To these four revolutionary periods, the social history of Old Japan presents but two correspondences. The first Japanese revolutionary period was represented by the Fujiwara usurpation of the imperial civil and military authority, — after which event the aristocracy, religious and military, really governed Japan down to our own time. All the events of the rise of the military power and the concentration of authority under the Tokugawa Shogunate properly belong to the first revolutionary period. At the time of the opening of Japan, society had not evolutionally advanced beyond a stage corresponding to that of the antique Western societies in the seventh or eighth century before Christ. The second revolutionary period really began only with the reconstruction of society in 1871. But within the space of a single generation thereafter, Japan entered upon her third revolutionary period. Already the influence of the elder aristocracy is threatened by the sudden rise of a new oligarchy of wealth, — a new industrial power probably destined to become omnipotent in politics. The disintegration (now proceeding) of the clan, the changes in the legal constitution of the family, the entrance of the people into the enjoyment of political rights, must all tend to hasten the coming transfer of power. There is every indication that, in the present order of things, the third revolutionary period will run its course rapidly; and then a fourth revolutionary period, fraught with serious danger, would be in immediate prospect.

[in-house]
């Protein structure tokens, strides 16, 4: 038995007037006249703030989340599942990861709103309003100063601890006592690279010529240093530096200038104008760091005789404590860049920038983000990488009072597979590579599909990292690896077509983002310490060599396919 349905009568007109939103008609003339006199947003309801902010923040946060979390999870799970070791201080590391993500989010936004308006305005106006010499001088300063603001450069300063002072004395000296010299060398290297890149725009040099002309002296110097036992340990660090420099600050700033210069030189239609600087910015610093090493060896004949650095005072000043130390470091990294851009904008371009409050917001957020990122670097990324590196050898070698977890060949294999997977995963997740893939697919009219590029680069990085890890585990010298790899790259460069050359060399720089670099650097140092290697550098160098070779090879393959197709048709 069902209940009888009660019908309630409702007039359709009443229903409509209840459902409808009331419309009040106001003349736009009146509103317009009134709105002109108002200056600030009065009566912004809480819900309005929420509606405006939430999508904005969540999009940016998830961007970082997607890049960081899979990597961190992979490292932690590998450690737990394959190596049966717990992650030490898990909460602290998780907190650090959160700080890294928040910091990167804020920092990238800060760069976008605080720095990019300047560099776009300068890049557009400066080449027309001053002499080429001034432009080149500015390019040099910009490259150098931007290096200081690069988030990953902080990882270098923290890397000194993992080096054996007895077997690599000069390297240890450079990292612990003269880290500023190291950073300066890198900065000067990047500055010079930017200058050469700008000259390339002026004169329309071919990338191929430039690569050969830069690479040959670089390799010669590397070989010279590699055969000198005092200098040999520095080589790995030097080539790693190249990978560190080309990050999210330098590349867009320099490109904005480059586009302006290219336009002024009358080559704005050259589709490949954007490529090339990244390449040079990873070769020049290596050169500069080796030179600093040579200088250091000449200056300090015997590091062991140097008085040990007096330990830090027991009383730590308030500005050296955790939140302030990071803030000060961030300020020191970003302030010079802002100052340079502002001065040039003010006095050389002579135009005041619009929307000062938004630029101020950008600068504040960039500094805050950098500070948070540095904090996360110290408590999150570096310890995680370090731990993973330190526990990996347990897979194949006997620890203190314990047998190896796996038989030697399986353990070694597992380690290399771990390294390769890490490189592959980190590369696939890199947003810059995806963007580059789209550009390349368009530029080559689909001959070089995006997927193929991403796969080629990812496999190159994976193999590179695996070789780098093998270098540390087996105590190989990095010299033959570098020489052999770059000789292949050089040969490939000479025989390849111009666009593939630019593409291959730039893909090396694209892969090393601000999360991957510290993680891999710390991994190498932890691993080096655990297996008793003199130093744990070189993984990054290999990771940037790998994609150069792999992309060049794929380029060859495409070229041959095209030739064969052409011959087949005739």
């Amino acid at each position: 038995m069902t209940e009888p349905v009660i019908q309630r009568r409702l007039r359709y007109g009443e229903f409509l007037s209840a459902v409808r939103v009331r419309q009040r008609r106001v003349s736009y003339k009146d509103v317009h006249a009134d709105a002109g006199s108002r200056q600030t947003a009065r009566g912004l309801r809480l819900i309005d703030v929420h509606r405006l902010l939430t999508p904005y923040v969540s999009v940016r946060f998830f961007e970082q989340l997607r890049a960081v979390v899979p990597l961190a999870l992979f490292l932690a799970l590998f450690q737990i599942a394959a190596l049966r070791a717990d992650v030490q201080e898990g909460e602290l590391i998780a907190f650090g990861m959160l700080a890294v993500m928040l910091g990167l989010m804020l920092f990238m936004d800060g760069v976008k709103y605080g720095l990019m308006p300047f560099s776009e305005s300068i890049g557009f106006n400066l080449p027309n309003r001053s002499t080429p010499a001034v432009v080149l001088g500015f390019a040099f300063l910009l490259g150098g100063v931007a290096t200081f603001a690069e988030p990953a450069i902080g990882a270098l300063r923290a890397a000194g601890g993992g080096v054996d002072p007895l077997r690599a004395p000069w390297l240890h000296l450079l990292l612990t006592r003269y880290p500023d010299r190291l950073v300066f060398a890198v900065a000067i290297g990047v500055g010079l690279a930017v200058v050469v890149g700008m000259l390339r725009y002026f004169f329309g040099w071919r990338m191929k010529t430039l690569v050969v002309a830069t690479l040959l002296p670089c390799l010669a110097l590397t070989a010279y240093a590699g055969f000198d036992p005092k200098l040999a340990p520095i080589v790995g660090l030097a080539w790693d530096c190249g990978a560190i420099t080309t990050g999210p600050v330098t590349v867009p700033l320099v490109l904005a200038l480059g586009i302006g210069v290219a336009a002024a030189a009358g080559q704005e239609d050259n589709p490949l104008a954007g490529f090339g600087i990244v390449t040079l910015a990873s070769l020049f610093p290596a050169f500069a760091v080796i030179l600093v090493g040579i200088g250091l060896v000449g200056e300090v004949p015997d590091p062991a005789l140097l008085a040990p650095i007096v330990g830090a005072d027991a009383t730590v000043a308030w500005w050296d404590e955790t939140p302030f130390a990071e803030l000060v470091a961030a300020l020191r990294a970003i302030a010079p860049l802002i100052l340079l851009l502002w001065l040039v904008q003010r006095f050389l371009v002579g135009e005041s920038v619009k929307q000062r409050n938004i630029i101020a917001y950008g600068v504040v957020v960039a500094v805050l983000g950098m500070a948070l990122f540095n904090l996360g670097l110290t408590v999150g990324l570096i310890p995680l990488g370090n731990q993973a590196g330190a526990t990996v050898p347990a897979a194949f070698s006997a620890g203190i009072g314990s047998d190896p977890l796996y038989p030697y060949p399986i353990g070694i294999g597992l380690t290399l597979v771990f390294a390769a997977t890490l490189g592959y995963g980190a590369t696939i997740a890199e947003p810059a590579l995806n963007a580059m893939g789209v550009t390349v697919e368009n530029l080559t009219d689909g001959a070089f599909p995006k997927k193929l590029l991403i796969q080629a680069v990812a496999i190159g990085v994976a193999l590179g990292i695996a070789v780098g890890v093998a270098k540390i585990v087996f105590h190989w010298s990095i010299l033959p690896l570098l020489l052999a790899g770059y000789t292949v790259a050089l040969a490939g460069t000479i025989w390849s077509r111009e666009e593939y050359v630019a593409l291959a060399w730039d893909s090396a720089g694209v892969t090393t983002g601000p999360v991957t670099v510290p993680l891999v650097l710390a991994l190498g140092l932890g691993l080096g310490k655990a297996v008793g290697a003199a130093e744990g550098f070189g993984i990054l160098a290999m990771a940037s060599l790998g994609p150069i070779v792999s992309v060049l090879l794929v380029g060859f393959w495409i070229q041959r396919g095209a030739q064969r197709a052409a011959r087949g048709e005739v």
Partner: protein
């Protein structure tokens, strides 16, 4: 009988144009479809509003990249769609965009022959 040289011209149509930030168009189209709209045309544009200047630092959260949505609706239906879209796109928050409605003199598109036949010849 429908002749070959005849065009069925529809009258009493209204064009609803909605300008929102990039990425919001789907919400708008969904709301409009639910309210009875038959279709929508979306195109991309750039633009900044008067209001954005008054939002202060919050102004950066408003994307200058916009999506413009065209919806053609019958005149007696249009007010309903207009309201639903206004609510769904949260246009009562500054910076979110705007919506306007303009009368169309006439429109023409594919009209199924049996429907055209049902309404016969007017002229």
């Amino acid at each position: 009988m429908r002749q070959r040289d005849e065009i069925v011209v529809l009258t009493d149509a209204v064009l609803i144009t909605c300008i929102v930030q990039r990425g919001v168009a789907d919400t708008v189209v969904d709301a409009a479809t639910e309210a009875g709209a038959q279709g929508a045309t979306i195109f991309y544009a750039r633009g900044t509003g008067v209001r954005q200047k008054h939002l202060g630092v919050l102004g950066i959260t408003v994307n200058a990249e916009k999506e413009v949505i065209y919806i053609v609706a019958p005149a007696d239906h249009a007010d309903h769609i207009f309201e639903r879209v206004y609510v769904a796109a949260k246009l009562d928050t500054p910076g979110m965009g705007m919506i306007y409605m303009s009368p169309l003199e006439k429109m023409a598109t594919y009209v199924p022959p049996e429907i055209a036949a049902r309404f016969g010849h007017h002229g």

Consider the bewildering rapidity of recent changes, — from the reconstruction of society in 1871 to the opening of the first national parliament in 1891. Down to the middle of the nineteenth century the nation had remained in the condition common to European patriarchal communities twenty-six hundred years ago: society had indeed entered upon a second period of integration, but had traversed only one great revolution. And then the country was suddenly hurried through two more social revolutions of the most extraordinary kind, — signalized by the abolition of the daimiates, the suppression of the military class, the substitution of a plebeian for an aristocratic army, popular enfranchisement, the rapid formalism of a new commonalty, industrial expansion, the rise of a new aristocracy of wealth, and popular representation in government! Old Japan had never developed a wealthy and powerful middle class: she had not even approached that stage of industrial development which, in the ancient European societies, naturally brought about the first political struggles between rich and poor. Her social organization made industrial oppression impossible: the commercial classes were kept at the bottom of society, — under the feet even of those who, in more highly evolved communities, are most at the mercy of money-power. But now those commercial classes, set free and highly privileged, are silently and swiftly ousting the aristocratic ruling-class from power, — are becoming supremely important. And under the new order of things, forms of social misery, never before known in the history of the race, are being developed. Some idea of this misery may be obtained from the fact that the number of poor people in Tōkyō unable to pay their annual resident-tax is upwards of 50,000; yet the amount of the tax is only about 20 sen, or 5 pence English money. Prior to the accumulation of wealth in the hands of a minority there was never any such want in any part of Japan, — except, of course, as a temporary consequence of war.